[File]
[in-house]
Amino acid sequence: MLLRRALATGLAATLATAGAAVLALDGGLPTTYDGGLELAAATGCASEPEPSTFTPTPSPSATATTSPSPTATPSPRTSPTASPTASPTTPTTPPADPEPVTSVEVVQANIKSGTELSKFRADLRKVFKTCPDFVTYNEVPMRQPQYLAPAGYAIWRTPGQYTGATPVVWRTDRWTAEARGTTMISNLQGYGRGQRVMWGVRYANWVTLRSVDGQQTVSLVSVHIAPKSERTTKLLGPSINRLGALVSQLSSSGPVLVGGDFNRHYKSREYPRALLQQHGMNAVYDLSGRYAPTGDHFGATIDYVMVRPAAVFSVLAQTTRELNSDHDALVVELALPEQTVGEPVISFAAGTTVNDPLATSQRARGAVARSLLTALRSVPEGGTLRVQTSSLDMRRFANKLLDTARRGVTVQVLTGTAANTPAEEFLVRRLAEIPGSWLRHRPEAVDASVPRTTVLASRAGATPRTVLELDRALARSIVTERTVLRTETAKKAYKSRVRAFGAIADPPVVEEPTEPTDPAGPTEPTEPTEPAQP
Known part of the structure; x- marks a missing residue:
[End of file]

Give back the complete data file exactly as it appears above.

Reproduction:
[in-house]
Amino acid sequence: MLLRRALATGLAATLATAGAAVLALDGGLPTTYDGGLELAAATGCASEPEPSTFTPTPSPSATATTSPSPTATPSPRTSPTASPTASPTTPTTPPADPEPVTSVEVVQANIKSGTELSKFRADLRKVFKTCPDFVTYNEVPMRQPQYLAPAGYAIWRTPGQYTGATPVVWRTDRWTAEARGTTMISNLQGYGRGQRVMWGVRYANWVTLRSVDGQQTVSLVSVHIAPKSERTTKLLGPSINRLGALVSQLSSSGPVLVGGDFNRHYKSREYPRALLQQHGMNAVYDLSGRYAPTGDHFGATIDYVMVRPAAVFSVLAQTTRELNSDHDALVVELALPEQTVGEPVISFAAGTTVNDPLATSQRARGAVARSLLTALRSVPEGGTLRVQTSSLDMRRFANKLLDTARRGVTVQVLTGTAANTPAEEFLVRRLAEIPGSWLRHRPEAVDASVPRTTVLASRAGATPRTVLELDRALARSIVTERTVLRTETAKKAYKSRVRAFGAIADPPVVEEPTEPTDPAGPTEPTEPTEPAQP
Known part of the structure; x- marks a missing residue: